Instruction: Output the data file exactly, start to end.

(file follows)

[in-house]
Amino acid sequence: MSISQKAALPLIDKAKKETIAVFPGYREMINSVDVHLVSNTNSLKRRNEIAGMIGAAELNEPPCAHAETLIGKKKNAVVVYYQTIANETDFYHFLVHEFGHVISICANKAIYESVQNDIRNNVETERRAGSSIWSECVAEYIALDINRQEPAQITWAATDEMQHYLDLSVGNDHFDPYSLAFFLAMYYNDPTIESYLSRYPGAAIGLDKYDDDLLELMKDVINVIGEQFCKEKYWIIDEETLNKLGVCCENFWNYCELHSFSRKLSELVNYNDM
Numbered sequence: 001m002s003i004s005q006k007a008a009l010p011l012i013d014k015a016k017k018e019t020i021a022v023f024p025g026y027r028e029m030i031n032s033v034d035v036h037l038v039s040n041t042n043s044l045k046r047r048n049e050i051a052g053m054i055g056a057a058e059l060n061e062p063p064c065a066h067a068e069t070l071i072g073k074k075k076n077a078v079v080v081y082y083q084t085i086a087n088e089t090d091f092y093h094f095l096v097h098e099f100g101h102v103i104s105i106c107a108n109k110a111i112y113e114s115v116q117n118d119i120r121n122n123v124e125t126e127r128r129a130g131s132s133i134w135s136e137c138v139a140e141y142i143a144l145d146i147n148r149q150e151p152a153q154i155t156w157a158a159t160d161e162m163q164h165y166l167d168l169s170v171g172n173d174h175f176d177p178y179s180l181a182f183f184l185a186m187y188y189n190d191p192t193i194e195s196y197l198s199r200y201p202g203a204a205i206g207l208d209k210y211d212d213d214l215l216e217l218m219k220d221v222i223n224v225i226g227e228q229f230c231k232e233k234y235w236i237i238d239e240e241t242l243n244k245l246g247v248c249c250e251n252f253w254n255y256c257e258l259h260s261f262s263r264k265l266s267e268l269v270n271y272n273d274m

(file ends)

[in-house]
Amino acid sequence: MSISQKAALPLIDKAKKETIAVFPGYREMINSVDVHLVSNTNSLKRRNEIAGMIGAAELNEPPCAHAETLIGKKKNAVVVYYQTIANETDFYHFLVHEFGHVISICANKAIYESVQNDIRNNVETERRAGSSIWSECVAEYIALDINRQEPAQITWAATDEMQHYLDLSVGNDHFDPYSLAFFLAMYYNDPTIESYLSRYPGAAIGLDKYDDDLLELMKDVINVIGEQFCKEKYWIIDEETLNKLGVCCENFWNYCELHSFSRKLSELVNYNDM
Numbered sequence: 001m002s003i004s005q006k007a008a009l010p011l012i013d014k015a016k017k018e019t020i021a022v023f024p025g026y027r028e029m030i031n032s033v034d035v036h037l038v039s040n041t042n043s044l045k046r047r048n049e050i051a052g053m054i055g056a057a058e059l060n061e062p063p064c065a066h067a068e069t070l071i072g073k074k075k076n077a078v079v080v081y082y083q084t085i086a087n088e089t090d091f092y093h094f095l096v097h098e099f100g101h102v103i104s105i106c107a108n109k110a111i112y113e114s115v116q117n118d119i120r121n122n123v124e125t126e127r128r129a130g131s132s133i134w135s136e137c138v139a140e141y142i143a144l145d146i147n148r149q150e151p152a153q154i155t156w157a158a159t160d161e162m163q164h165y166l167d168l169s170v171g172n173d174h175f176d177p178y179s180l181a182f183f184l185a186m187y188y189n190d191p192t193i194e195s196y197l198s199r200y201p202g203a204a205i206g207l208d209k210y211d212d213d214l215l216e217l218m219k220d221v222i223n224v225i226g227e228q229f230c231k232e233k234y235w236i237i238d239e240e241t242l243n244k245l246g247v248c249c250e251n252f253w254n255y256c257e258l259h260s261f262s263r264k265l266s267e268l269v270n271y272n273d274m